Airlines and airports worldwide will spend an estimated $33 billion in 2017 as additional investments in cyber security and cloud services.
5% of revenues earned by airports around the world will be spent on upgrading their IT systems and Cloud applications.
The SITA Air Transport IT Trends Insights 2017 has revealed some encouraging news as far as cyber security investments by airlines and airports are concerned. The report states that in the current calendar year, airlines around the world will spend a total of US$24.3 billion, or 3.3% of their revenue on cyber security and cloud services.
Even though airports will spend a considerably lesser sum of US$8.43 billion on cyber security, they will still spend a healthy 5.05% of their revenue on the same. The report adds that 70% of airlines and 88% of airports will either increase their investments in cyber security and cloud services next year or will keep their investments at the same level as it is now.
‘The air transport industry is going through a digital transformation and focusing its attention on protecting the business and passengers; making it more efficient; and improving the passenger experience. Cyber-attacks are a very real threat in the highly interwoven air transport industry so building solid defences is essential,’ said Ilya Gutlin, President, Air Travel Solutions at SITA.
In fact, airlines and airports have now identified cyber security as their number one priority. Around 95% of airlines and 96% of airports will be pouring money on cyber security initiatives over the next three years. At the same time, 95% of airlines and 85% of airports will also invest in cloud services over the next three years.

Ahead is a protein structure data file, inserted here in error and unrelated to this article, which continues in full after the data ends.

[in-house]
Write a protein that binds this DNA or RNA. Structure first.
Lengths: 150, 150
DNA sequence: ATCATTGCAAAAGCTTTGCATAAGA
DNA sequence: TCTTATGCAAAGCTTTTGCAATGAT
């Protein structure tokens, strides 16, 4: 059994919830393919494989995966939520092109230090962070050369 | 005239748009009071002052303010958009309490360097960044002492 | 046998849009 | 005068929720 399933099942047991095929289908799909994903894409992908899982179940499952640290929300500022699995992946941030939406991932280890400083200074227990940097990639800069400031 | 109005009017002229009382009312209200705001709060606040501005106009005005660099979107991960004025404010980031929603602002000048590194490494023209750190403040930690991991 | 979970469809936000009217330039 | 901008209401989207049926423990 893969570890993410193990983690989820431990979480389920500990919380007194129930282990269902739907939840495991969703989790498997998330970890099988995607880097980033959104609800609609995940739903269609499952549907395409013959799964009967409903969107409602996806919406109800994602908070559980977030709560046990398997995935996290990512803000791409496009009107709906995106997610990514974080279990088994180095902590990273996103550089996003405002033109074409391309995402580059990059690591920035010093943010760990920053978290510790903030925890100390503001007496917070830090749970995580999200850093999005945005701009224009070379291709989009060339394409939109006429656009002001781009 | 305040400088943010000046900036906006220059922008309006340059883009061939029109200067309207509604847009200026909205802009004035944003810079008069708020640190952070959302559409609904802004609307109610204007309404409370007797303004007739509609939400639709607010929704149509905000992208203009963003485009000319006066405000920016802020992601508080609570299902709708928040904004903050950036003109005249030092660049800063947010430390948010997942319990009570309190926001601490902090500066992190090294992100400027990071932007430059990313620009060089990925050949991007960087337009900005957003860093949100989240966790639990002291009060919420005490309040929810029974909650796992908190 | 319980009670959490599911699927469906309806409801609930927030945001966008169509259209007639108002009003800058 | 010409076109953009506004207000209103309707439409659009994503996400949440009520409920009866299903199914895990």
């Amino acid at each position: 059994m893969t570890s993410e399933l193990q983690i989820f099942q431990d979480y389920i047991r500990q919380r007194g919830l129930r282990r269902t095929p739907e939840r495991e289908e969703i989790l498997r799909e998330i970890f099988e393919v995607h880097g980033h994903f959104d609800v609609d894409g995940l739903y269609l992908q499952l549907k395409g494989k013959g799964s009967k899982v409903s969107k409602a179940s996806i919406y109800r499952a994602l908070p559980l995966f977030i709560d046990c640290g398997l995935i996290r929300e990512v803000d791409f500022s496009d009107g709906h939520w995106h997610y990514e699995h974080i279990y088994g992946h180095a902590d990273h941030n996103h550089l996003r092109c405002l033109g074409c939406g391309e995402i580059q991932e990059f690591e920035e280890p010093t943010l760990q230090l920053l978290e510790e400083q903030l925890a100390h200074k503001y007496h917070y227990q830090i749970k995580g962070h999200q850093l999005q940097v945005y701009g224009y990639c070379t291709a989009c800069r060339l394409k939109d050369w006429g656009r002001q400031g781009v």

‘When it comes to IT investment, airports and airlines are aligned to provide better, more secure service to customers. The interdependencies built into air transport systems mean investments and improvements in all these areas, by airlines and airports alike, will continue to contribute to a strong global industry,’ Gutlin added.
Major airlines across the world have been targeted by hackers in the recent past. In 2015, Malaysian Airlines announced that a hacker group named Lizard Squad had compromised its Domain Name System (DNS) and redirected the airline’s visitors to a different page owned by the hackers.
In June, British Airways also suffered a major IT glitch that affected operations and left 75,000 passengers stranded. It later turned out that the glitch was caused by human error after a systems engineer mistakenly switched off the power supply to the airline’s IT systems.